When the joy and laughter around you, makes you sad and brings you to tears; When the Christmas carols only serve to still the voice inside you to mourning; when the merry making and visits of friends make you feel a deep vacuum inside and all around you because something, someone is not in the picture, What do you do then, when the tears flow at Christmas?
The tree is decorated, the adornments are up but the most important, precious adornments of the house are not. The loss of your loved ones and pets is a physical pain.
Last year, we ‘survived’ Christmas because the externals were scaled down due to Covid so there were less ‘reminders’ of family time. This year, “Christmas” has returned, Covid or no Covid, and the traditions and the ‘joys’ of Christmas are back in almost full measure. But the joy in your heart has been replaced by grief in almost full measure. So, what do you do when tears flow at Christmas?
There is a spiritual dilemma here, for being a Catholic, I know I should be rejoicing at the birth of the Saviour, finding joy in the traditions that have come to epitomize Christmas, and even more than that, experiencing joy in the fundamental message of Christmas – Rejoice and be glad for this day is born to you the Saviour of the World.
It just seems so very hard to rejoice and be glad … and that has been troubling me. Where is my faith? Where is my hope? Where is my belief in the Good News?
That last question made me think. What is the Good News?
The good news is not just Christmas trees and gifts, mistletoe and wine, logs on the fire as carolers sing. The good news is not the stockings that Santa fills with a ‘Ho Ho Ho’ to cheer you . Nor is it the table laden with good foods that fill you up. All these are good and fine, but not really the “Good News” of Christmas.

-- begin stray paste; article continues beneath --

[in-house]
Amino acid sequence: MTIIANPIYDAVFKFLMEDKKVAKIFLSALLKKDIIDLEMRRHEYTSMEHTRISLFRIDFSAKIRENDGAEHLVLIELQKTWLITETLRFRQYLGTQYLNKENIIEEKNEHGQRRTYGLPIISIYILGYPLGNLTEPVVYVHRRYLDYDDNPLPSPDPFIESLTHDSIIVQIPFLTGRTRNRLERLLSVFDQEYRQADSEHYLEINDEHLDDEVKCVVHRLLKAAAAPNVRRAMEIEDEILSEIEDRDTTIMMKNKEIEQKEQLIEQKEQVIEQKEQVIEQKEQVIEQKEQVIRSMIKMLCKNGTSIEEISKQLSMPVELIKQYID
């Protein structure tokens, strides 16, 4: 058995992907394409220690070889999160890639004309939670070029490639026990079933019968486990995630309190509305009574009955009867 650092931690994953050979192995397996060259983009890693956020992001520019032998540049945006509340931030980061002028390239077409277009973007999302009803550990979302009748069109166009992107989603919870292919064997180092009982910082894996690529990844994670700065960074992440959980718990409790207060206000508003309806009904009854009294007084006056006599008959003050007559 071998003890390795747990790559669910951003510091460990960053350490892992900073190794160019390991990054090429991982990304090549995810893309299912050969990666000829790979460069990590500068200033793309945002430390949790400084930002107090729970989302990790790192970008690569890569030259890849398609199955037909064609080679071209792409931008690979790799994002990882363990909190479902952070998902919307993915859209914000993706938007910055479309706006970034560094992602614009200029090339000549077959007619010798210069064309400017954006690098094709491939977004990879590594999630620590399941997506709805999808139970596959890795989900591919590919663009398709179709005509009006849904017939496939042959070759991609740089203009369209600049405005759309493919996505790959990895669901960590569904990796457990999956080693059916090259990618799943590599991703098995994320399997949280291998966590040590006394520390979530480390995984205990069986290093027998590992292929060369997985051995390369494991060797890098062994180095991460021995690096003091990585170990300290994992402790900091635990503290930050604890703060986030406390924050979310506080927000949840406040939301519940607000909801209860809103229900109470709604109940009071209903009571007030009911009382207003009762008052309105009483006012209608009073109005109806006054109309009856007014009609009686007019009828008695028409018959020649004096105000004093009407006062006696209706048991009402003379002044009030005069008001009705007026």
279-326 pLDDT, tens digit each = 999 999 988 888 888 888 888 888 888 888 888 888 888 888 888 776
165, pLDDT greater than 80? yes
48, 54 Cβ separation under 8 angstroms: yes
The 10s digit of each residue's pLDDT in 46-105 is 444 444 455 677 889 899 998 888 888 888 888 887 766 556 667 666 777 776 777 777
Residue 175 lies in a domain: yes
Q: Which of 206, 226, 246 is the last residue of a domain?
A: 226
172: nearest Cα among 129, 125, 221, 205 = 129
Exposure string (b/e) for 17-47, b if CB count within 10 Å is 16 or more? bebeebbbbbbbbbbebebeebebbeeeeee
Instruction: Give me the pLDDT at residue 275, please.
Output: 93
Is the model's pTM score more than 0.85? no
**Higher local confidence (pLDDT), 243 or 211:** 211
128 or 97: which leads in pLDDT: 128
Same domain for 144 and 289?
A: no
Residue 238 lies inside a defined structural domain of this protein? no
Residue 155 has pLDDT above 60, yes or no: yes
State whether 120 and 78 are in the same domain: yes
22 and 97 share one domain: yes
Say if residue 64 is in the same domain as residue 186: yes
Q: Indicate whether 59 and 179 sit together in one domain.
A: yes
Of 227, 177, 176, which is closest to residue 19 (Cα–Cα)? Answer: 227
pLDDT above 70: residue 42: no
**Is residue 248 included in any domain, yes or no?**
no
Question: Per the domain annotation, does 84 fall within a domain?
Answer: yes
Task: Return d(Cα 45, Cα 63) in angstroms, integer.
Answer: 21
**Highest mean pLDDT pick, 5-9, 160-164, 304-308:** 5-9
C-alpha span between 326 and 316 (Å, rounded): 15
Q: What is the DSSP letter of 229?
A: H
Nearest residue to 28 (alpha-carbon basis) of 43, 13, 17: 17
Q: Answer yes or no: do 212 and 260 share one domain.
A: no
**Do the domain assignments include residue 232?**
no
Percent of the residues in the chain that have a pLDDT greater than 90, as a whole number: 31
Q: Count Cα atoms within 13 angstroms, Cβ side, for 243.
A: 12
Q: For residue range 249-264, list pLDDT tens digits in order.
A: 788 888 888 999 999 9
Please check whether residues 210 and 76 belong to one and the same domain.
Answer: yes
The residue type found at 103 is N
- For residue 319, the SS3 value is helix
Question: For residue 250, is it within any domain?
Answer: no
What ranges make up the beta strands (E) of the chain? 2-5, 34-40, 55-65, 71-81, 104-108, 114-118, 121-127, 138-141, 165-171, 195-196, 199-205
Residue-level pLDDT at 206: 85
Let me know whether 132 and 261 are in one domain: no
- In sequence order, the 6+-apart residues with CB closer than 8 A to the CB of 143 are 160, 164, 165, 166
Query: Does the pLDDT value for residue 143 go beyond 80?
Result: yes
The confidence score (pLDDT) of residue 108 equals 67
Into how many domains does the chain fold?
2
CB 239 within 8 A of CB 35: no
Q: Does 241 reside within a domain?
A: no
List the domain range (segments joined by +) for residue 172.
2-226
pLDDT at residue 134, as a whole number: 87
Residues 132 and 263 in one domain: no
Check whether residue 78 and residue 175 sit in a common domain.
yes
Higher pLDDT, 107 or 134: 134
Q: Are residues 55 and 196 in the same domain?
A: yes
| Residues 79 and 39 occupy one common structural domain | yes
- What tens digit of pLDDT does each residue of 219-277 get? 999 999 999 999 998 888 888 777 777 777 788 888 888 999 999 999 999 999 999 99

The “Good News” of Christmas was the first words the Babe in the manger uttered as a grown man as he opened the temple scroll :
“ …I have come to bring the good news to the poor,
to heal the brokenhearted,
to preach deliverance to the captives,
and recovery of sight to the blind,
to set at liberty them that are bruised…” Luke 4.18.
I had read this verse so many times before. I love the image of Jesus picking up the scroll in the temple in his first public appearance – but I was never broken-hearted before and the good news passed over my head.
Today the words took on a new meaning, reminding me also of the many I know who are grieving this Christmas. A friend in the UK who held his wife in his arms struggling to give her oral resuscitation as the breath quietly left her body. A classmate whose husband had an unexpected fatal heart attack. A friend in Australia who still grieves for the brother, husband and parents who left many years ago leaving a void she has not been able to fill. Young parents who’s little one joined the angels in heaven a week ago after more than a year of hope and prayers that he would survive an accident. The community grieves with them and thousands of others whose loved ones left this year – or in recent times – victims to Covid, accidents, violence, bomb blasts or just the natural cycle of life.
Death where is thy sting? Deep in my heart, I reply. But a deeper voice inside me convicts me. The sting of death is deep only in a heart without hope and without faith. And without gratitude for what you had.
So I remind myself that the pain may be there but hope and faith – and Love – will see me through. The “Good News” is that I don’t have to force myself to fill the vacuum. I can feel broken-hearted and empty. I can grieve and be bruised in my grief … knowing that there is a promise – many promises – and that I can lean on Him, the Christ Child. I can go direct to Him whose words ring true for all time – for this is the reason he came.
Come to me all those who are weary and heavy burdened
Come to me … I will give you the answer, I will give you rest. I will give you peace; I will set you free from all the troubles that oppress you.
Yet you refuse to come to me to have life John 5.40
And thus this Christmas I invite all who are sad, whose tears are flowing to strive to remember that the Lord is coming. Go out to meet Him. He is the Prince of peace and we can find peace through our pain only if we lean on Him and let Him fill the empty void in our hearts.
A blessed and holy Christmas to you all.